The best museums tend to do three things well: give you something you can’t find anywhere else, reach you on more than one plane of consciousness and give you something to ponder after you’ve left.
When the subject matter is the Holocaust, giving visitors something they can’t find anywhere else might seem like a challenge, but it’s one that the new Sanditen/Kaiser Holocaust Center at Tulsa’s Sherwin Miller Museum of Jewish Art meets head-on by showcasing five survivors who resettled in Oklahoma after World War II, as well as stories and artifacts from Oklahoma service members who were liberators of the Nazi camps.
“We wanted to make sure these stories were told from their point of view,” said Mickel Yantz, director of collections and exhibitions at the museum. “Unfortunately, we only have two of them with us anymore, so it’s even more important to keep telling their stories so that they live on into the next generation.”
The designers started with these personal stories, but they didn’t stop there.
“We didn’t want this to be just about something that happened a long time ago on another continent,” Yantz said.
So they made it relevant by including discussion about the 1921 Tulsa Race Massacre, the Trail of Tears and the desecration of Jewish tombstones in a Tulsa cemetery 20 years ago.
“To have a museum like this in Tulsa is something very special and very unique,” Yantz said. “We really hope this is something that Tulsa can be proud of.”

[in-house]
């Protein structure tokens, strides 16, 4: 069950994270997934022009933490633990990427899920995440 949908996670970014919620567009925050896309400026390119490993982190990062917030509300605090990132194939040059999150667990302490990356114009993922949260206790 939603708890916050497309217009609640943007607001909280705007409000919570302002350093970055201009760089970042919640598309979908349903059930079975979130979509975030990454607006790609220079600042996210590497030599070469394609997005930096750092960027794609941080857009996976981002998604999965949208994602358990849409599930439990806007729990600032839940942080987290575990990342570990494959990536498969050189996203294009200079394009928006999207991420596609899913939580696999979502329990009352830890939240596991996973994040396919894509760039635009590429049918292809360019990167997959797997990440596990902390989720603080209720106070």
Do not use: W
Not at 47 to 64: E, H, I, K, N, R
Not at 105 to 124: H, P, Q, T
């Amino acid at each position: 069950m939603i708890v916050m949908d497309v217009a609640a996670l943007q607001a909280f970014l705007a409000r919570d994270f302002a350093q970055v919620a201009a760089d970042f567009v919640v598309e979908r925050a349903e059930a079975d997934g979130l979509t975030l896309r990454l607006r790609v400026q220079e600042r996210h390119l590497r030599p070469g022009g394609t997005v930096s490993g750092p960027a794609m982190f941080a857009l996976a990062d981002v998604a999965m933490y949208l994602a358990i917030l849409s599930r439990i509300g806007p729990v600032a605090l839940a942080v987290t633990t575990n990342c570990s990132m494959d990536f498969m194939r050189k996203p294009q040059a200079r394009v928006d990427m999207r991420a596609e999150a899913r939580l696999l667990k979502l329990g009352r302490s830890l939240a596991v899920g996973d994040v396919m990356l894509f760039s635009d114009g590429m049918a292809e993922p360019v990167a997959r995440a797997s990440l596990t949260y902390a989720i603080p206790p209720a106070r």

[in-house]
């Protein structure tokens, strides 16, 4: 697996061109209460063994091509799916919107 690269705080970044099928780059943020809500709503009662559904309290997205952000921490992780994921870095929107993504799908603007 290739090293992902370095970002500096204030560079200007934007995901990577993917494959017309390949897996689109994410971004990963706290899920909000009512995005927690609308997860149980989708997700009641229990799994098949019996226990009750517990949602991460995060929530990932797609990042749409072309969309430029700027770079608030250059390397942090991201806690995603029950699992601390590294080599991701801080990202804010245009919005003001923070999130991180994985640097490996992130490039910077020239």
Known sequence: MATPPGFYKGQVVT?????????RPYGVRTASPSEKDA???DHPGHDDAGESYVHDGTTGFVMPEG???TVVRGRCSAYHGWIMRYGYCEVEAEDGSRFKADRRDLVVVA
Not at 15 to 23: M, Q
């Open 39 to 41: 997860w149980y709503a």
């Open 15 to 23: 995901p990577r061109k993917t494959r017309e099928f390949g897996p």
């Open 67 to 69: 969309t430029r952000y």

The museum houses the largest collection of Jewish art in the southwestern United States, but “there really aren’t many Jewish museums in the Midwest,” he said.
Having a Holocaust center here — the closest other ones are in Denver, St. Louis and Dallas — is important because “every story is different and every museum can’t tell every story,” he said.
Although the center’s collection totals about 16,000 artifacts, from tiny stamps to large pieces, only a small number are on display at any one time.
“We designed it to be ever-changing because this is going to be here for decades. This way, we can showcase even more of our collection,” Yantz said.
There was one big issue to resolve, however: how to display Nazi artifacts without glorifying what the Nazis did.
“It was tricky, but I think we did really well,” Yantz said.
Those displays “are on the ground beneath you, which is not a place of respect,” he said, adding that these artifacts also were placed somewhat haphazardly as to further show disdain for the beliefs the items represent.
Although the exhibit’s subject matter is evil and tragic, Yantz said planners were mindful of young visitors.
“We kept this as family friendly as possible,” he said. “We didn’t use some of the most graphic photos in our collection. We wanted it to be educational, but we didn’t want to upset people.
“We also wanted to honor those lives, but we wanted to be respectful,” he said.
Designers also wanted to give visitors something intangible yet powerful to take with them.
“The logo that we created is in Hebrew calligraphy and means ‘repairing the world,’ ” Yantz said. “We want to give people the tools and information to know what happened in the past — not only of the Holocaust — to make sure they know the truth from those people who actually experienced it.
“So not only education, but also the idea of hope — the stories of those people who helped out; those who stood up,” he said. “It’s an important message of standing up because when you don’t, that’s when things like the Holocaust happen.”